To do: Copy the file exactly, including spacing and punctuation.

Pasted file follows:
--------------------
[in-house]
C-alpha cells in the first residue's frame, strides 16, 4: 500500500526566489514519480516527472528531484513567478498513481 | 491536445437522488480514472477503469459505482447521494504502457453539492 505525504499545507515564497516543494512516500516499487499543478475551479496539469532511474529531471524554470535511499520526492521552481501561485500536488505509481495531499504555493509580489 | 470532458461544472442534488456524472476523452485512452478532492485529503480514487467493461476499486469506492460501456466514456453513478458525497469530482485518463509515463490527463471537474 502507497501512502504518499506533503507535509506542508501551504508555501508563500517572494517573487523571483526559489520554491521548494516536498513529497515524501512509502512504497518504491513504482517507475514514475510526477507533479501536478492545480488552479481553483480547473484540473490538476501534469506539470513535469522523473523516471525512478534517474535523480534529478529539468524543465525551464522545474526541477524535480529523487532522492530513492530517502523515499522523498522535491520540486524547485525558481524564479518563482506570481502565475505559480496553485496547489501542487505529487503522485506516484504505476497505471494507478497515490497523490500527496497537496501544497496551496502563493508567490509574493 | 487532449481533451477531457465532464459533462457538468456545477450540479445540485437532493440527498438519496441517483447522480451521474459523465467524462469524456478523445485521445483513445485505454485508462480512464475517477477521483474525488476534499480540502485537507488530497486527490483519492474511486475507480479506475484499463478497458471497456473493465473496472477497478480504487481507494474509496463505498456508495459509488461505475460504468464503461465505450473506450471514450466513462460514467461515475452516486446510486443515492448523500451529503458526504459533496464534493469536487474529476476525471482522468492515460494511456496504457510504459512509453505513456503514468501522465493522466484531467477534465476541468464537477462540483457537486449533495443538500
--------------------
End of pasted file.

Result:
[in-house]
C-alpha cells in the first residue's frame, strides 16, 4: 500500500526566489514519480516527472528531484513567478498513481 | 491536445437522488480514472477503469459505482447521494504502457453539492 505525504499545507515564497516543494512516500516499487499543478475551479496539469532511474529531471524554470535511499520526492521552481501561485500536488505509481495531499504555493509580489 | 470532458461544472442534488456524472476523452485512452478532492485529503480514487467493461476499486469506492460501456466514456453513478458525497469530482485518463509515463490527463471537474 502507497501512502504518499506533503507535509506542508501551504508555501508563500517572494517573487523571483526559489520554491521548494516536498513529497515524501512509502512504497518504491513504482517507475514514475510526477507533479501536478492545480488552479481553483480547473484540473490538476501534469506539470513535469522523473523516471525512478534517474535523480534529478529539468524543465525551464522545474526541477524535480529523487532522492530513492530517502523515499522523498522535491520540486524547485525558481524564479518563482506570481502565475505559480496553485496547489501542487505529487503522485506516484504505476497505471494507478497515490497523490500527496497537496501544497496551496502563493508567490509574493 | 487532449481533451477531457465532464459533462457538468456545477450540479445540485437532493440527498438519496441517483447522480451521474459523465467524462469524456478523445485521445483513445485505454485508462480512464475517477477521483474525488476534499480540502485537507488530497486527490483519492474511486475507480479506475484499463478497458471497456473493465473496472477497478480504487481507494474509496463505498456508495459509488461505475460504468464503461465505450473506450471514450466513462460514467461515475452516486446510486443515492448523500451529503458526504459533496464534493469536487474529476476525471482522468492515460494511456496504457510504459512509453505513456503514468501522465493522466484531467477534465476541468464537477462540483457537486449533495443538500